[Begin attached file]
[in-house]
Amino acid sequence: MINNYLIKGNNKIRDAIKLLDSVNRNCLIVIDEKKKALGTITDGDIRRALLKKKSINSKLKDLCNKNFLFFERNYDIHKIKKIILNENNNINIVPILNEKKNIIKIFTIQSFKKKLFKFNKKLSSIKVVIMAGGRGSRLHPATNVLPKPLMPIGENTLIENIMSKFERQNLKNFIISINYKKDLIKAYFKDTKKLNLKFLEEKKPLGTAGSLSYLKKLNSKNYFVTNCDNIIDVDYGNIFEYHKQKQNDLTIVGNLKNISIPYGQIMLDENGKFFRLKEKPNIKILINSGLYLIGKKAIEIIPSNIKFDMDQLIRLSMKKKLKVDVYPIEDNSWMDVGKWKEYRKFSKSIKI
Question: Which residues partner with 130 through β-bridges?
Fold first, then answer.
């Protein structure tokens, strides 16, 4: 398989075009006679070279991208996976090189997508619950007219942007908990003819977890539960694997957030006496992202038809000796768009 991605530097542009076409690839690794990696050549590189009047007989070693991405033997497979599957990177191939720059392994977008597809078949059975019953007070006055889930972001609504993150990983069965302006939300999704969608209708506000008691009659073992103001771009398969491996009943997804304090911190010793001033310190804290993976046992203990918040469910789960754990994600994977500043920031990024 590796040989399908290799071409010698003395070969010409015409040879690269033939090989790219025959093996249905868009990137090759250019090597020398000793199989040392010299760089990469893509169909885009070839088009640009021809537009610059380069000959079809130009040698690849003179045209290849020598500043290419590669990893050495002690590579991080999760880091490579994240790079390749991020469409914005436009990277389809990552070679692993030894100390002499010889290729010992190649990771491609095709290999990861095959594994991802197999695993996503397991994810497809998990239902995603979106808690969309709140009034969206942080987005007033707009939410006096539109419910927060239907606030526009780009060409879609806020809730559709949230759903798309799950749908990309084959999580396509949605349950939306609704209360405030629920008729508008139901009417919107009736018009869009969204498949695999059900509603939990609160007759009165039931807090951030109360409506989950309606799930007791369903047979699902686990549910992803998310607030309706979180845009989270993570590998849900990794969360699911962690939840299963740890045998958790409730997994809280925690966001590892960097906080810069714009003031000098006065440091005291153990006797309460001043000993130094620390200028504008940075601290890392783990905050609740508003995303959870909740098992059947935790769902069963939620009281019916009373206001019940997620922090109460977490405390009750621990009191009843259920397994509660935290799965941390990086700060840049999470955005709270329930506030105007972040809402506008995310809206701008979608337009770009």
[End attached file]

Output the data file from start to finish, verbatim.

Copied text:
[in-house]
Amino acid sequence: MINNYLIKGNNKIRDAIKLLDSVNRNCLIVIDEKKKALGTITDGDIRRALLKKKSINSKLKDLCNKNFLFFERNYDIHKIKKIILNENNNINIVPILNEKKNIIKIFTIQSFKKKLFKFNKKLSSIKVVIMAGGRGSRLHPATNVLPKPLMPIGENTLIENIMSKFERQNLKNFIISINYKKDLIKAYFKDTKKLNLKFLEEKKPLGTAGSLSYLKKLNSKNYFVTNCDNIIDVDYGNIFEYHKQKQNDLTIVGNLKNISIPYGQIMLDENGKFFRLKEKPNIKILINSGLYLIGKKAIEIIPSNIKFDMDQLIRLSMKKKLKVDVYPIEDNSWMDVGKWKEYRKFSKSIKI
Question: Which residues partner with 130 through β-bridges?
Fold first, then answer.
């Protein structure tokens, strides 16, 4: 398989075009006679070279991208996976090189997508619950007219942007908990003819977890539960694997957030006496992202038809000796768009 991605530097542009076409690839690794990696050549590189009047007989070693991405033997497979599957990177191939720059392994977008597809078949059975019953007070006055889930972001609504993150990983069965302006939300999704969608209708506000008691009659073992103001771009398969491996009943997804304090911190010793001033310190804290993976046992203990918040469910789960754990994600994977500043920031990024 590796040989399908290799071409010698003395070969010409015409040879690269033939090989790219025959093996249905868009990137090759250019090597020398000793199989040392010299760089990469893509169909885009070839088009640009021809537009610059380069000959079809130009040698690849003179045209290849020598500043290419590669990893050495002690590579991080999760880091490579994240790079390749991020469409914005436009990277389809990552070679692993030894100390002499010889290729010992190649990771491609095709290999990861095959594994991802197999695993996503397991994810497809998990239902995603979106808690969309709140009034969206942080987005007033707009939410006096539109419910927060239907606030526009780009060409879609806020809730559709949230759903798309799950749908990309084959999580396509949605349950939306609704209360405030629920008729508008139901009417919107009736018009869009969204498949695999059900509603939990609160007759009165039931807090951030109360409506989950309606799930007791369903047979699902686990549910992803998310607030309706979180845009989270993570590998849900990794969360699911962690939840299963740890045998958790409730997994809280925690966001590892960097906080810069714009003031000098006065440091005291153990006797309460001043000993130094620390200028504008940075601290890392783990905050609740508003995303959870909740098992059947935790769902069963939620009281019916009373206001019940997620922090109460977490405390009750621990009191009843259920397994509660935290799965941390990086700060840049999470955005709270329930506030105007972040809402506008995310809206701008979608337009770009």